The fourteenth film in the Marvel Cinematic Universe promises to break the comic book movie mold. After all, you don’t take a character as odd Dr. Stephen Strange to the big screen if you want to make just another superhero adventure. In the Marvel comic book world, Doctor Strange is the Sorcerer Supreme, a master of mysticism who defends Earth from supernatural and magical threats using his command of the occult. Director Scott Derrickson’s film will definitely cover the basics: the accident that ruins his hands, his ensuing journey around the globe, and his training at the hands of the Ancient One. However, the trailer suggests that won’t be just another origin story, with its wild, kaleidoscopic imagery and action that looks like it borrowed a thing or two from Christopher Nolan’s Inception. It helps that the cast, which includes Benedict Cumberbatch, Chiwetel Ejiofor, Mads Mikkelsen, Rachel McAdams, and Tilda Swinton, may be the finest ever assembled for a Marvel movie. – JH

Denzel Washington directing The Great Debaters

12. Fences

August Wilson’s play is a beautiful, heartbreaking – mostly heartbreaking – story that actor and director Denzel Washington is bringing to the big screen. In his adaptation, which marks his first directorial effort since The Great Debaters, Washington plays Troy, a waste collector who once dreamed of playing professional baseball. Set in 1957, Wilson explores race relations, life and death, religion, and fatherhood and motherhood in one location. Both Denzel Washington and co-star Viola Davis acted in Fences on Broadway, but they’ll be introducing Wilson’s powerful story to a wider audience this December. If Washington does Wilson’s play justice, expect a powerful drama with some of the finest dialogue you’ll hear this year. – JG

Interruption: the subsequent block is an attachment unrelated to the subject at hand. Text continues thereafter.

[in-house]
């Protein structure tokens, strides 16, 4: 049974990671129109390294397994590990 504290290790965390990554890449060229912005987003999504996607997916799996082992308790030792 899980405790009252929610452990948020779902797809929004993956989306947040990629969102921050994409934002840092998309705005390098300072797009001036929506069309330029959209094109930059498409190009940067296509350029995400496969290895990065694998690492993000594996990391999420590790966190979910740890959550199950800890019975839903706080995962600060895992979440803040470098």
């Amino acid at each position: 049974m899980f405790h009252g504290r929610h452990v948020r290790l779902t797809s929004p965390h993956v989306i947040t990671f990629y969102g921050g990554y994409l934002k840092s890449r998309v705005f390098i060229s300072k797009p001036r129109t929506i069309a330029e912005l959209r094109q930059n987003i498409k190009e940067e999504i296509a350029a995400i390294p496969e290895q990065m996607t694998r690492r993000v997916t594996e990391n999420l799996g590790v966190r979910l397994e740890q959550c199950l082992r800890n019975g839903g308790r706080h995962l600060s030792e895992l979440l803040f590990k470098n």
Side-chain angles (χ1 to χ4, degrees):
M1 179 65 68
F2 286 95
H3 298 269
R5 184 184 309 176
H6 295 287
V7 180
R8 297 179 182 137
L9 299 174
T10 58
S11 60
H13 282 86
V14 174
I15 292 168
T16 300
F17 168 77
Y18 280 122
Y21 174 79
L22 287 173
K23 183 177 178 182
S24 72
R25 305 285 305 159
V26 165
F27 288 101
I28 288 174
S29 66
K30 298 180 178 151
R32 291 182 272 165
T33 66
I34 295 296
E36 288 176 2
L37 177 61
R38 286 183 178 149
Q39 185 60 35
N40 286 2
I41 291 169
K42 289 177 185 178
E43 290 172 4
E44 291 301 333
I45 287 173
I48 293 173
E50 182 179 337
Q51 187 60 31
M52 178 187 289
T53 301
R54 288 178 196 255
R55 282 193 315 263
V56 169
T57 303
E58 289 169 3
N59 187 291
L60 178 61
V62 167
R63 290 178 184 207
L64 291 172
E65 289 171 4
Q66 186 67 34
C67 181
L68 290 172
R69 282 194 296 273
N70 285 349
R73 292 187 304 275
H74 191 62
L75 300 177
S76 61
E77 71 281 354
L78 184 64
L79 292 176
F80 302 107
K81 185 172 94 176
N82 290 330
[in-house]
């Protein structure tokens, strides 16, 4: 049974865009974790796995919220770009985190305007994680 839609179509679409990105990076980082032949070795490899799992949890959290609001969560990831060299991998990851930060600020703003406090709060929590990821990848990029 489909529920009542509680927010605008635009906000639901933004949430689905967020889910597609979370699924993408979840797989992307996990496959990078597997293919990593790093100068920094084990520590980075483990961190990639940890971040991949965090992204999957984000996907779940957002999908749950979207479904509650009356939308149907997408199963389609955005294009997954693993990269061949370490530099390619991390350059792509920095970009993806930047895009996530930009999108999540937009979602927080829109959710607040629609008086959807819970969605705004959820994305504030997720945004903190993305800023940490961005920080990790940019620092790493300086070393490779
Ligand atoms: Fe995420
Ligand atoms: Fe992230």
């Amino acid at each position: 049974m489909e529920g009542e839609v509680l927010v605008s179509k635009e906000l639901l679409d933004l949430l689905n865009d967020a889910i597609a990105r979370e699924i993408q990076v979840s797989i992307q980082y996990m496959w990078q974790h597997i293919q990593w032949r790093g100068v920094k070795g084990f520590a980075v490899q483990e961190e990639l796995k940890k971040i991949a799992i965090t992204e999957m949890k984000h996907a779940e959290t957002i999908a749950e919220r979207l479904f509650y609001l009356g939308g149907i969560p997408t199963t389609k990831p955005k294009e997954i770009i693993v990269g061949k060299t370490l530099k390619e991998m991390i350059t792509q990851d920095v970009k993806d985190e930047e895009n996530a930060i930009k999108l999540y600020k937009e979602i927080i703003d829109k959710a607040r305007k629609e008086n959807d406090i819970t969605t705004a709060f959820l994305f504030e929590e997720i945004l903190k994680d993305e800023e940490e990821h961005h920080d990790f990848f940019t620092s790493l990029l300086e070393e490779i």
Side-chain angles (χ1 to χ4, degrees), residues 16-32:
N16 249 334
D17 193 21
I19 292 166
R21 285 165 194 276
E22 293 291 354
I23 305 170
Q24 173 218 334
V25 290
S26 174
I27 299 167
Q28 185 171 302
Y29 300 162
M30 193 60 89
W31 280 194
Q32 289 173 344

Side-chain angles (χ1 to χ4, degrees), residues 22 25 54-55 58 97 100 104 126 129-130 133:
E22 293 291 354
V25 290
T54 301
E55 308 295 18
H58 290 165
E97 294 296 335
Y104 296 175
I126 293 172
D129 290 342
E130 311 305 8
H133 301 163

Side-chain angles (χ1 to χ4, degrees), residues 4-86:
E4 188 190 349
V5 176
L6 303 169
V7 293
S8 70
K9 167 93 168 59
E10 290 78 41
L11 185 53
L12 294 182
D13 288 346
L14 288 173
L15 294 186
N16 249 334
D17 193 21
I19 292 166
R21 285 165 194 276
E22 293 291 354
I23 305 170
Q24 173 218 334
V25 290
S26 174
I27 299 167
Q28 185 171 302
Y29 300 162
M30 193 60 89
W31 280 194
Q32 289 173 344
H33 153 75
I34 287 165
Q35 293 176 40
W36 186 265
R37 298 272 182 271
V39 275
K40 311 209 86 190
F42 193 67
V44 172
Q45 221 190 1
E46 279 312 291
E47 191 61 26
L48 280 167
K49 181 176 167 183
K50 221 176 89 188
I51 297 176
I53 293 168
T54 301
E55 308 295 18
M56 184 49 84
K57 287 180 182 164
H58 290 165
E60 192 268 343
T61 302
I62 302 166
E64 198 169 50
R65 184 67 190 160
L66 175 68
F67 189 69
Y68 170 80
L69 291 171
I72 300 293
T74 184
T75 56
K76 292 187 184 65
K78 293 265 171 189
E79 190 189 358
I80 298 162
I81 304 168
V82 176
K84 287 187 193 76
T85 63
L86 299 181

2016 fall movie preview jack reacher never go back

11. Jack Reacher: Never Go Back

The first Jack Reacher has become one of my go-to movies, the kind of thing I just toss in the Blu-ray player when I know I want a smart, exquisitely crafted thriller that doesn’t waste my time. If Jack Reacher: Never Go Back is half as tough and fun and confident as its predecessor, it will still kick the ass of most action movies. This time around, Tom Cruise’s military police officer turned wandering vagabond/occasional problem solver doesn’t take the advice of the title, pays his an old compatriot a visit, and finds himself caught up in the middle of an ugly conspiracy. Naturally, the only way to get out of a pickle like this means a lot of broken arms and shattered skulls. Director Edward Zwick (who previously worked with Cruise on The Last Samurai) steps in for Christopher McQuarrie this time around, and he’s the kind of talented journeyman director who could take what worked about the first movie and make it work again for another two hours. And hopefully he does, because I want a new Jack Reacher movie every three years until Tom Cruise dies at the age of 156. No pressure, guys. – JH